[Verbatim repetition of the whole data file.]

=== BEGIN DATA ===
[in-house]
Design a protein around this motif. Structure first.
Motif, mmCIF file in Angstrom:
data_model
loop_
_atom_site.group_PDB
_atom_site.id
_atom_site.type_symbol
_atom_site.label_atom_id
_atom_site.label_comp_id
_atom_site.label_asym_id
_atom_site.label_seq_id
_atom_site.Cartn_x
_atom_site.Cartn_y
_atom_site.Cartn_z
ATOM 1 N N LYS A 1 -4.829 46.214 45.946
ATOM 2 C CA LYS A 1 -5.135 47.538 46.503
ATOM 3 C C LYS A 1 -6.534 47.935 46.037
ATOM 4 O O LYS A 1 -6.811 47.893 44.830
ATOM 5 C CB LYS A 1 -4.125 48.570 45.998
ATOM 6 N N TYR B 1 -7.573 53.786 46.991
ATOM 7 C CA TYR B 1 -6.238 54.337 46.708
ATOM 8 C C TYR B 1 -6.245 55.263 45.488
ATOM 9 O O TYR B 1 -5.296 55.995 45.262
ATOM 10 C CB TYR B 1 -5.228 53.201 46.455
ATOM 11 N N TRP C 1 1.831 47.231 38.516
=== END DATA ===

[in-house]
Design a protein around this motif. Structure first.
Motif, mmCIF file in Angstrom:
data_model
loop_
_atom_site.group_PDB
_atom_site.id
_atom_site.type_symbol
_atom_site.label_atom_id
_atom_site.label_comp_id
_atom_site.label_asym_id
_atom_site.label_seq_id
_atom_site.Cartn_x
_atom_site.Cartn_y
_atom_site.Cartn_z
ATOM 1 N N LYS A 1 -4.829 46.214 45.946
ATOM 2 C CA LYS A 1 -5.135 47.538 46.503
ATOM 3 C C LYS A 1 -6.534 47.935 46.037
ATOM 4 O O LYS A 1 -6.811 47.893 44.830
ATOM 5 C CB LYS A 1 -4.125 48.570 45.998
ATOM 6 N N TYR B 1 -7.573 53.786 46.991
ATOM 7 C CA TYR B 1 -6.238 54.337 46.708
ATOM 8 C C TYR B 1 -6.245 55.263 45.488
ATOM 9 O O TYR B 1 -5.296 55.995 45.262
ATOM 10 C CB TYR B 1 -5.228 53.201 46.455
ATOM 11 N N TRP C 1 1.831 47.231 38.516